Creating the calibrated CLDT

To calibrate the CLDT, the first step is connecting the digital twin with the automation equipment to feed data to the model. Edge devices are prime interfaces for data collection because they can preprocess machine data before sending it to the cloud for synchronization with the CLDT’s historical data-based optimization algorithm.

Users can build, operate, deploy, and maintain software solutions across multiple edge devices using managed edge apps. Numerous apps are available for analyzing machine data. Their ecosystem—including patch and version control—is managed through a central system deployed in the cloud or on premises.

Using industrial edge controllers reduces the number of devices connecting to machines on the plant floor. They also provide the means for an on-premises simulation solution, or advanced analysis in a cloud-based simulation.

With a simulation in the cloud on an open Internet of Things (IoT) cloud platform, users can map data from the plant floor to the digital twin model. This data is used to create insights for optimizing conditions and control variables on the production lines to maximize throughput and other KPIs. Some cloud platforms include a dedicated app for preparing and aggregating time series data into a simulation application (figure 3).

Figure 3. An open IoT cloud platform, such as Siemens Industrial Edge and Cloud native apps, empowers users to calibrate their digital twin with historical production data.
The model accuracy improves over time, as more data is collected and aligned with control variable inputs and predictions. In advanced AI- and ML-enabled configurations, the models can manipulate PLC parameters to improve operational efficiency, in addition to generating reports with suggested resource and asset reallocation. This type of calibrated CLDT is created as a turnkey system, specific to a machine or facility.


A manufacturing company recently added a high-volume production line at its facility, containing 75 machines, 25 pick-and-place robots, and conveyor belts to perform complex material handling operations. Coordinating the vast amount of equipment required careful planning to implement and optimize operations after commissioning. The project team developed a digital twin to aid design and commissioning efforts, and closed the loop once machines were installed, creating a calibrated CLDT (figure 4).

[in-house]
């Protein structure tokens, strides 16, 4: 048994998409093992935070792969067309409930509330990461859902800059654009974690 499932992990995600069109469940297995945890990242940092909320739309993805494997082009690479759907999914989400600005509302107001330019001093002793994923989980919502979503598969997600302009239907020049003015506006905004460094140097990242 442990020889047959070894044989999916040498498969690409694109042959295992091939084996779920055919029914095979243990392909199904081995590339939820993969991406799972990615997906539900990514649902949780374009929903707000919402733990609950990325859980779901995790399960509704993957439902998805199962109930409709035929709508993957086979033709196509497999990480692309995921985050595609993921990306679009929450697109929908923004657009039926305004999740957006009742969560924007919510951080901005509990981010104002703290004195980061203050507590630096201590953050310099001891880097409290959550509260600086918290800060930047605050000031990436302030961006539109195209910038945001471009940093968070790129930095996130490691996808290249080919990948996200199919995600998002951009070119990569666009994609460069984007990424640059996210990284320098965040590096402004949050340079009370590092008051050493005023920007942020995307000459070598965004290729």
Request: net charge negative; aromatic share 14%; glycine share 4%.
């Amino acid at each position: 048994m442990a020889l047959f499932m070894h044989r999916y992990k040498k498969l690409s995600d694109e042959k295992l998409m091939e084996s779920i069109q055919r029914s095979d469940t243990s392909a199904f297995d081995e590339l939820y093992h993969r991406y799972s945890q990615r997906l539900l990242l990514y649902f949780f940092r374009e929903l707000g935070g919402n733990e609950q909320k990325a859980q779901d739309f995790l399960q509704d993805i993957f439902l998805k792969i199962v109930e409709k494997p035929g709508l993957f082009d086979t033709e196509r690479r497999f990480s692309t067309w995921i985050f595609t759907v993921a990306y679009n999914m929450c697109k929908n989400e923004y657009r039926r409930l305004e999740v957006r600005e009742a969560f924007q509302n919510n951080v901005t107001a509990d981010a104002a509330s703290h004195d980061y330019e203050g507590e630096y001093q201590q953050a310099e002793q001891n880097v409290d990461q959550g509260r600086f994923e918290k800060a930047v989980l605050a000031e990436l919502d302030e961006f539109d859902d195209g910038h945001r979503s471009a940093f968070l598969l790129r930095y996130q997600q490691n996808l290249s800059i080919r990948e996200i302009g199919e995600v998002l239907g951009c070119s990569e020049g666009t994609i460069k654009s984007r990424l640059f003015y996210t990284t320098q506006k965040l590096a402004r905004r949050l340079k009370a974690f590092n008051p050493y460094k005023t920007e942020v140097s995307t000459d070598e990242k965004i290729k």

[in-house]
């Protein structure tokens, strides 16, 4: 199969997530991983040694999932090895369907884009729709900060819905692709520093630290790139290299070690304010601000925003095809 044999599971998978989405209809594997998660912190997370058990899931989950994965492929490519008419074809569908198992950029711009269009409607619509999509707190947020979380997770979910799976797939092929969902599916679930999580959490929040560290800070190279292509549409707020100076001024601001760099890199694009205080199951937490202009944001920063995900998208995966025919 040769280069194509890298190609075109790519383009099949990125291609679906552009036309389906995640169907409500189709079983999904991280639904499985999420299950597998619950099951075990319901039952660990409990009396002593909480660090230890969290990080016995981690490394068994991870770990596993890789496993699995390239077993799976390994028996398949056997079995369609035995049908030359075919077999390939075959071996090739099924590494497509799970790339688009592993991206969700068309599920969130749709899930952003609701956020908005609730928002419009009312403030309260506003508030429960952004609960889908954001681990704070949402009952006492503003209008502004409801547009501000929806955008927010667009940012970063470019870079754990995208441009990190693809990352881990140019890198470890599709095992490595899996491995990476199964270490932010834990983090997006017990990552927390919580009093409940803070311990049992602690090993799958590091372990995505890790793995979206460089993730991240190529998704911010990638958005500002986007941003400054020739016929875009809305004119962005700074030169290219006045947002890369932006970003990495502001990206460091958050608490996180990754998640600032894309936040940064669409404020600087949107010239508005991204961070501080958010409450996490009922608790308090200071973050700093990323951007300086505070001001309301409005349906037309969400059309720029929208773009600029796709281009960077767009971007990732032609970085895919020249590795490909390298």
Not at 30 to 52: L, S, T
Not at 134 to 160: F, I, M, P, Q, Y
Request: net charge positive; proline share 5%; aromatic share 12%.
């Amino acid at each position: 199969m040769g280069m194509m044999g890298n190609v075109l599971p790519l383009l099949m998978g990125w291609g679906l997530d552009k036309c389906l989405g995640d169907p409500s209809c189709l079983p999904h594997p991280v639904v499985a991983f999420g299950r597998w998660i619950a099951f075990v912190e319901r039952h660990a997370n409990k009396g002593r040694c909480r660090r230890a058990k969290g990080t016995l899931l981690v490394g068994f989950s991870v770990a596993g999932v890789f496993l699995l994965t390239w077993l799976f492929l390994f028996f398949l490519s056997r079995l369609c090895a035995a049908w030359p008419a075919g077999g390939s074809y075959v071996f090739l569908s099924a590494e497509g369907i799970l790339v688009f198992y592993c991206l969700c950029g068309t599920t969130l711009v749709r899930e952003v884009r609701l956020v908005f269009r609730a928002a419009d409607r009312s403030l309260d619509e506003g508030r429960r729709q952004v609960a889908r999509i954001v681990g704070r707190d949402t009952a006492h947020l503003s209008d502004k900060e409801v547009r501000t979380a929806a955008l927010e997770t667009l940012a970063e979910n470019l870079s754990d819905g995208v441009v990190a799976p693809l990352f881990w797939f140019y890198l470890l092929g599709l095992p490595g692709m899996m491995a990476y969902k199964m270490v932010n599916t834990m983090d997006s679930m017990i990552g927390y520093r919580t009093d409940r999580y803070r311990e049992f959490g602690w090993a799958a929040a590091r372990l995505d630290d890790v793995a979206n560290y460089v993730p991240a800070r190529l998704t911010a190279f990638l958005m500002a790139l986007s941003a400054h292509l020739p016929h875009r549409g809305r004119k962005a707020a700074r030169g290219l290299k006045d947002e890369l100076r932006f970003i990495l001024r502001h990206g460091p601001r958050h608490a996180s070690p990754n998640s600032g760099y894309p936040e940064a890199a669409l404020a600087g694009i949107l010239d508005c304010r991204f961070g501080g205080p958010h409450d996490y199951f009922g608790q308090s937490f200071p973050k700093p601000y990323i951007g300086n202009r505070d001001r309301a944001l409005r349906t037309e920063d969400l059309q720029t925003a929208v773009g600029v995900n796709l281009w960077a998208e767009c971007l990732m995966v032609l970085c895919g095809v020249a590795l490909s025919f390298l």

Figure 4. One manufacturing company optimized operations and predicted throughput with more than 99 percent accuracy using Siemens digital twin methodology with Plant Simulation and MindSphere applications.
Following calibration, the model predicted 105.26 jobs per hour for a certain shift. The actual shift yielded 105 jobs per hour, achieving model production accuracy of 99.75 percent.

CLDTs streamline operation

Digital twins are already widely accepted for identifying potential issues early in design and development, reducing error occurrence, and speeding up physical commissioning. Their potential value multiplies during operation. 

A calibrated CLDT reduces the time required for manually monitoring production data, and eliminates human guesswork involved in planning procedural changes and resource reallocation to increase efficiency. This translates to streamlined operation and higher profit margins, empowering manufacturers and intralogistics companies to become more competitive in demanding markets.

All figures courtesy of Siemens

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About The Authors

Colm Gavin promotes digitalization topics with Siemens Digital Industries Software group for machine and line builders. Working for Siemens for 19 years, Gavin uses his experience in discrete manufacturing to assist companies in taking advantage of new innovations with Industry 4.0. He was previously responsible for the marketing of Siemens’ Totally Integrated Automation Portal software in the U.S. Gavin holds a BS in manufacturing engineering from Trinity College, Dublin, Ireland.